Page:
Companies planning share offerings say the market is still sound
A number of European Internet companies with a public offering on the horizon have reacted with defiance to the news that the share value of Freeserve and eXchange dropped dramatically Monday and Tuesday.
QXL.com, the European online trading company has in fact gone ahead and defiantly published its the share price range for its initial public offering today. A QXL spokesman says that it's time the stock exchange woke up to the less-than-subtle differences between the many Internet companies that operate out of Europe.
"Today's valuation has of course been calculated with recent events in mind," he says. "But it also reflects that QXL has a completely different business model to Freeserve. Investors have to start distinguishing between Internet companies. It's not good enough to say that if Freeserve fails, everything else will fail."
This spokesman admits however that it is not this common sense sort of attitude that necessarily rules to stock market. He also warns, "Of course the stock market is often driven by sentiment and this can have a dramatic effect."
Another company that has been making signs of getting ready to float is London based bargain-ticket booking agency Lastminute.com. Martha Lane-Fox, co-founder and director of Lastminute, argues that Freeserve's dip should not be construed as a warning sign for her company. "No, I don't think this will effect our decision to float at all. Lastminute has a completely different business model to Freeserve and eXchange. We don't just follow other US or European companies and this puts us in a more defensible position."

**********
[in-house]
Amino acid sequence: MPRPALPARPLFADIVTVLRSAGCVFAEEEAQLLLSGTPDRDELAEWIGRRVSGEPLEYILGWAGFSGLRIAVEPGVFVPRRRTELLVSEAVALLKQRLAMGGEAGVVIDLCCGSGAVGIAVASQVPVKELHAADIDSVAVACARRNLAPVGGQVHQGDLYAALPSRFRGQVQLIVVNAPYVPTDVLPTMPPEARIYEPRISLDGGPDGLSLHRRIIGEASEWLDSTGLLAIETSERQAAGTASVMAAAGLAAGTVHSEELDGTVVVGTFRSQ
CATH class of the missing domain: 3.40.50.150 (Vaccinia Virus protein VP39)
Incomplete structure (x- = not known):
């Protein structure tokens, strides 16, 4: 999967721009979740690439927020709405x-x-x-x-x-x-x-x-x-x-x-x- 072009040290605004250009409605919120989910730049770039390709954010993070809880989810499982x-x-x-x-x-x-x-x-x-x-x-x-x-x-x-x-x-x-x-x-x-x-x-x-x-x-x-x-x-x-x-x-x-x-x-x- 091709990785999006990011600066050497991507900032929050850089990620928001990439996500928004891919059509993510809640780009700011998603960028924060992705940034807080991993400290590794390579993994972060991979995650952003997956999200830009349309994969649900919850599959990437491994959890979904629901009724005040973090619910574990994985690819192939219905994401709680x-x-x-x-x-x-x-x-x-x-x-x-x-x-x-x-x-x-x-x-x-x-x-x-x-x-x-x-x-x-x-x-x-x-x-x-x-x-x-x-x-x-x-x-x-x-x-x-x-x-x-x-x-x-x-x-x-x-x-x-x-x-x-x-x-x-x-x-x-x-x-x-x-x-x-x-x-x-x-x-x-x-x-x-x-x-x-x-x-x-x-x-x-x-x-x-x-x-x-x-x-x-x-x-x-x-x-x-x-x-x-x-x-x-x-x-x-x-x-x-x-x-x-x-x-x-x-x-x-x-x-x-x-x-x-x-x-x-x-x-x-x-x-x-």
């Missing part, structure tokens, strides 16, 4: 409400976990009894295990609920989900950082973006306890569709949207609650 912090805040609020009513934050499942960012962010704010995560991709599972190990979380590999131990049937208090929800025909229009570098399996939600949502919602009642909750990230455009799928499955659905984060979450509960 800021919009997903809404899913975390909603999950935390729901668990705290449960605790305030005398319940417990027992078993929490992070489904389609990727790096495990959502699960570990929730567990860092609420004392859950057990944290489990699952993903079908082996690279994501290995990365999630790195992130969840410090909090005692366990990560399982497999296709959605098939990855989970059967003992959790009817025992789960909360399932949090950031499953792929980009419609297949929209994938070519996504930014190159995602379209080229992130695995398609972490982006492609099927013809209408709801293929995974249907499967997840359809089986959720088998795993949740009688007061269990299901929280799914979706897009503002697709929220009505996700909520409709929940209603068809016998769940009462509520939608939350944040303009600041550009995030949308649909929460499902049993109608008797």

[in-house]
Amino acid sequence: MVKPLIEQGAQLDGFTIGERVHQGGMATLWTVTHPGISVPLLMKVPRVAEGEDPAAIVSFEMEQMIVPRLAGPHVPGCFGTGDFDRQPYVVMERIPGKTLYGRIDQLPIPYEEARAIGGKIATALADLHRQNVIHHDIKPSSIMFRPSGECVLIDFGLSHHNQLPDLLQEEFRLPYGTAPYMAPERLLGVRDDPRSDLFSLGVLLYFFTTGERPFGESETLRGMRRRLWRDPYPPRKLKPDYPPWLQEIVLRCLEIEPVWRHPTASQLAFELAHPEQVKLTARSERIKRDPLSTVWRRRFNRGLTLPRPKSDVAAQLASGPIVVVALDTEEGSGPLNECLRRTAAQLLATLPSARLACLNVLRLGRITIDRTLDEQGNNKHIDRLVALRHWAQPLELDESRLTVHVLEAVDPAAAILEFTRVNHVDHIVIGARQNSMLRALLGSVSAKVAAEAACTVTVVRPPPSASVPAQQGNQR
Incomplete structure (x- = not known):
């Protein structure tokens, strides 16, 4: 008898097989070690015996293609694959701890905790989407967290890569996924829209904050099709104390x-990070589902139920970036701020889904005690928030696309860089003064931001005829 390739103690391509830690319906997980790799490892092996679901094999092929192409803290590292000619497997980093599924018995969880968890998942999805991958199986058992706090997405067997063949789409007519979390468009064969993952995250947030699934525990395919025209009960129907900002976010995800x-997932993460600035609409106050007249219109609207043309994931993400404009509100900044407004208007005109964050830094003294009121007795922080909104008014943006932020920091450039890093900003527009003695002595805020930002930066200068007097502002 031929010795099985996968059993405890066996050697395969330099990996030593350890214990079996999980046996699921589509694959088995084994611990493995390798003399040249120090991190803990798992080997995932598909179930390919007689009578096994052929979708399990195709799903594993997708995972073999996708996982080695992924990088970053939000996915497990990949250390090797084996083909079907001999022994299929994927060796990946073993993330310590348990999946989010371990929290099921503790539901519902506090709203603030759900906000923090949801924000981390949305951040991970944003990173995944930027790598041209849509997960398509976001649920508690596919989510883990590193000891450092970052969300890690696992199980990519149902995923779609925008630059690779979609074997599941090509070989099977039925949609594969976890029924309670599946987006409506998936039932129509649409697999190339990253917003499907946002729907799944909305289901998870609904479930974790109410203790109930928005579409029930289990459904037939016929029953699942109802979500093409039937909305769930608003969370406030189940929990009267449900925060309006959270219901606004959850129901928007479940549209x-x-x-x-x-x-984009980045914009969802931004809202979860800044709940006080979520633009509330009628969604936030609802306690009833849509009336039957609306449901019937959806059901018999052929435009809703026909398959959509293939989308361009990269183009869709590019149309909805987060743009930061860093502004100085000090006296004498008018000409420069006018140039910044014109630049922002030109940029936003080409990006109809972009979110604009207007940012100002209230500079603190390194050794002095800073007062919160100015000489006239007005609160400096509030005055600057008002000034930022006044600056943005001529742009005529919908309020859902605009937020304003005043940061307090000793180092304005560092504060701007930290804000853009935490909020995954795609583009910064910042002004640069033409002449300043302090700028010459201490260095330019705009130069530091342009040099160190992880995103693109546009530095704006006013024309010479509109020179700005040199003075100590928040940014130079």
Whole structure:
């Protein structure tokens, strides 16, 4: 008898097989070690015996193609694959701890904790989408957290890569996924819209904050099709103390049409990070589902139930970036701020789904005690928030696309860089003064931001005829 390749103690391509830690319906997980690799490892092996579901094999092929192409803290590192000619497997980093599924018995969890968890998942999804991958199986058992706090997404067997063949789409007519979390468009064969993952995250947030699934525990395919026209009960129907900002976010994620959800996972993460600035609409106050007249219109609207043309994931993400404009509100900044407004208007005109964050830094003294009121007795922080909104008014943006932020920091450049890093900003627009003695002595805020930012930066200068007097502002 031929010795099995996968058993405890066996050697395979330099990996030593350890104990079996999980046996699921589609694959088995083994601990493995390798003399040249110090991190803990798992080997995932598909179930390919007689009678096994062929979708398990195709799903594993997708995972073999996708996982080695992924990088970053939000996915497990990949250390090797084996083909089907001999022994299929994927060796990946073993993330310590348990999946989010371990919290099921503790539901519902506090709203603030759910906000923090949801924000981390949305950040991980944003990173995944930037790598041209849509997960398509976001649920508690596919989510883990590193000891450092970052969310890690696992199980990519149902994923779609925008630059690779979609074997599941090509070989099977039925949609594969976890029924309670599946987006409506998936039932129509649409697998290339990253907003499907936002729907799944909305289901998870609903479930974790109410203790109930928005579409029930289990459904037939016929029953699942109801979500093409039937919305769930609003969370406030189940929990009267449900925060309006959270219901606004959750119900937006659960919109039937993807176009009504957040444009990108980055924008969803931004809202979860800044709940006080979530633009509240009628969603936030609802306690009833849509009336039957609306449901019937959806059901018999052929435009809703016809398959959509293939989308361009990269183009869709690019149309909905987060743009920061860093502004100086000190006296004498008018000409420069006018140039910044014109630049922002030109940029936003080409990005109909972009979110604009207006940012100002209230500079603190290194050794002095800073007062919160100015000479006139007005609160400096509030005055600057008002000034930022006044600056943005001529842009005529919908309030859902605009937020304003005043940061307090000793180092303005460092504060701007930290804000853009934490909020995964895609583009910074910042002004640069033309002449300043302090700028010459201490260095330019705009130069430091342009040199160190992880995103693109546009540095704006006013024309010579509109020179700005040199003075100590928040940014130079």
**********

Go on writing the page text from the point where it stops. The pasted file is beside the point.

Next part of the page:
This attitude is applauded by senior financial consultant with Mintel research, Lance Close, who believes that enthusiasm for Internet stocks is unlikely to be shaken so easily. "I don't think companies will be put off floating, because the hype surrounding Freeserve still exists. Also, I have picked up a lot of scepticism after Freeserve announced plans to offer ADSL before BT. Most people don't think it has the infrastructure or the necessary cash."
However, Close is also keen to make the point that a genuine shake up in the way traders and pundits evaluate Internet businesses. "The market is definitely heading for some sort of rationalisation," he adds. "People will start thinking about actual revenue rather than simply the potential of a company."
The share drop has attracted disproportionate attention because Freeserve, as the UK's first major technology share floatation, was hailed as the beginning of a US-style high-tech boom when it debuted earlier this year.
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